Medicine And The Media - More Good Than Harm

A major news service ran a medical story on July 15, 1998 headlined "Ear Crease Linked to Heart Disease in Blacks."

The story stemmed from a study of earlobe creases in 27 men with a history of heart attack and 16 men with no history of heart disease. All 43 men were African-American. Earlobe creases were found in 16 of the men with a history of heart attack and 3 of the men with no history of heart disease.

The news release states that the author noted that: "This is the first study to link this physical characteristic with coronary artery disease in African- Americans." This study was presented at an International Interdisciplinary Conference on Hypertension in Blacks held in Charleston, South Carolina.

These results would appear to suggest that African- American men with creased earlobes are at increased risk for heart attacks, but intuitively the numbers of men in the study seem small. Only 27 men had heart attacks and there were just 16 normal "controls."

Rather than rely on intuition, all of the numbers in the study can be tested. And with an appropriate test (the chi- square test of goodness of fit), the numbers prove to be not statistically significant (chi-square=3.73; P>0.05).

Results that are "not statistically significant" can be all too easily stumbled upon by chance alone. In other words, there is NO meaningful evidence that earlobe creases are associated with heart attacks.

According to the news story, the doctor who presented the work in at the conference in Charleston, and her colleagues are at highly respected medical universities. This, too, would seem to put a seal of authenticity upon the research.

What may not be evident, however, is that medical schools rarely require faculty members to submit for approval even an abstract of the research results they are going to present at a meeting. The academic and hospital affiliations are not a seal of medical science good housekeeping.

This study that claimed to link ear creases and heart disease has also not (to our knowledge) been published in a medical journal after undergoing the careful scrutiny, criticism and approval of other biomedical scientists in the peer review process.

How can medical research of this type be reported by a respected news service? What credentials do medical (and science) reporters have to have?

Brill's Content magazine (August, 1998) lists the schools attended by 13 medical and science reporters working for prominent newspapers and networks. The newspapers include the New York and Los Angeles Times and Washington Post and the networks are ABC, CBS, CNN, Fox and NBC. Only 7 of the 13 reporters have a doctoral degree. Of them, only 5 have an M.D. A chief science reporter for a major network has no advanced degree. A medical reporter for a national newspaper has but a B.A. in English.

One of the most highly educated members of the biomedical media described by Brill's Content is Dr. Timothy Johnson, Medical Editor of ABC News. After medical school, Dr, Johnson returned to school and was awarded an M.P.H. from the Harvard University School of Public Health.

The Shattuck Lecture, a venerable and prestigious lecture, was delivered this year by Dr. Johnson. His talk on the matter of "Medicine and the Media" was published by The New England Journal of Medicine (July 9, 1998).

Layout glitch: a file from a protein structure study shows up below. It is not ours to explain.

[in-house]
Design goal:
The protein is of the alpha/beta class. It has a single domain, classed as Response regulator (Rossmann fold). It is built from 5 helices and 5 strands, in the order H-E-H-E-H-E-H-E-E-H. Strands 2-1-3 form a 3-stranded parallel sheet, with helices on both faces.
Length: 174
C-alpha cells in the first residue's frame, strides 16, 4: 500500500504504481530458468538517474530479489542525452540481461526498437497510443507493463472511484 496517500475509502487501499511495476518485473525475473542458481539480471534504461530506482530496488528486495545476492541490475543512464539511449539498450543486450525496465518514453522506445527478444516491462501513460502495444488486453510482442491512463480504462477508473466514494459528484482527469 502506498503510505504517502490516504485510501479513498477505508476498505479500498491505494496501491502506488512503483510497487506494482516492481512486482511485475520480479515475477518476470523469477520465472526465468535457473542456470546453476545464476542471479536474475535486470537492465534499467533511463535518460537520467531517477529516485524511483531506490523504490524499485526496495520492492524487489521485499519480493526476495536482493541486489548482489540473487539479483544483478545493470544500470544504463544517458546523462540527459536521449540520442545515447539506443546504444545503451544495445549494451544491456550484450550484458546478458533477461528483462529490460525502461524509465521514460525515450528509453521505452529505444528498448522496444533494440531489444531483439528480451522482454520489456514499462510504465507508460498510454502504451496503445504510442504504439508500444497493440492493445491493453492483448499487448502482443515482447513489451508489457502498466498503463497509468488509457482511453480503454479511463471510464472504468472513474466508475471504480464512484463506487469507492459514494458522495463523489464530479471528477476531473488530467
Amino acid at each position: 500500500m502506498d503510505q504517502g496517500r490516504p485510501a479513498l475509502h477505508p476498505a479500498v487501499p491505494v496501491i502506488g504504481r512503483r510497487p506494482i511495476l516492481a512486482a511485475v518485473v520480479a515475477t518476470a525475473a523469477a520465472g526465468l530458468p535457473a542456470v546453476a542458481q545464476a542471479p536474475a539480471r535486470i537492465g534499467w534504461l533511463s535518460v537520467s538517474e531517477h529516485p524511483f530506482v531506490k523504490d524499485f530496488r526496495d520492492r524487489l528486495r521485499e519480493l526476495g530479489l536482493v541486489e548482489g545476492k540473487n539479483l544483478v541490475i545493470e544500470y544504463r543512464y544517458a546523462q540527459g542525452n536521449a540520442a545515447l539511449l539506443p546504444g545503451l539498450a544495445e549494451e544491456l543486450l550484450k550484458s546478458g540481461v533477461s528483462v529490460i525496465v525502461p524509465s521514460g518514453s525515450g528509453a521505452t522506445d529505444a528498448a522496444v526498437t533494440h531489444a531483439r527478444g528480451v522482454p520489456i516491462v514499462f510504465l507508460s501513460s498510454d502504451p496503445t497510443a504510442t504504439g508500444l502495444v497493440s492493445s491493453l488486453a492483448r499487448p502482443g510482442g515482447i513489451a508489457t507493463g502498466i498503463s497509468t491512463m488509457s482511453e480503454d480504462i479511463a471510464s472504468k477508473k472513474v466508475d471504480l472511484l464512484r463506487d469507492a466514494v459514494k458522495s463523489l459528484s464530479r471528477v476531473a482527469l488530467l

"By the mid-1980s, medical reports...had become popular features in both print and electronic news media, " he noted. "Both medical scientists and media owners had learned that it was quite good for business to feature health and medical news." "But," he says, "the rush to promote themselves and reach out to the public often caused both medical scientists and journalists to violate some of the sacred tenets of their respective professions."

Johnson gave a dramatic example of the "rush to report" medical news. In 1984 an experimental treatment for Alzheimer's disease was tried. This "preliminary, single- blinded, subjectively assessed experiment involving four patients unleashed a national media feeding frenzy." The treatment "quickly passed into oblivion."

There should be, Johnson holds, "a substantial difference between the reporting of general news and the reporting of medical news." "In contrast to general news, which is based on facts and sources and opinions, medical information is traditionally based on data and probabilities and conclusions." The two are very different and require different kinds of analysis and presentation."

"Unlike the reporting of standard news," Johnson observes, "good medical news reporting requires additional and very specific skills in the understanding of biostatistics and epidemiology." And we would add that other "very specific skills" are useful in medical journalism, skills that are a part of medicine and the biomedical sciences that are the powerful engines of progress in medicine.

Incidentally, it is of interest that there is no certification of medical journalists. As Johnson points out, "there is certainly a precedent for such credentialing in the media in the use of meteorologists to report the weather." Is our weather more important than our health?

Timothy Johnson concludes his remarks on "Medicine and the Media" by confessing, "...I would like to believe that those of us who labor in the vineyard of medical journalist do more good than harm, that we usually provide medical consumers with useful and accurate information that can be used to make important medical decisions about themselves and their loved ones."

We agree with Dr. Johnson's remarks. It is our strong belief that patients and families empowered by basic understanding of medical conditions will be better consumers of healthcare.

Last Editorial Review: 7/22/1998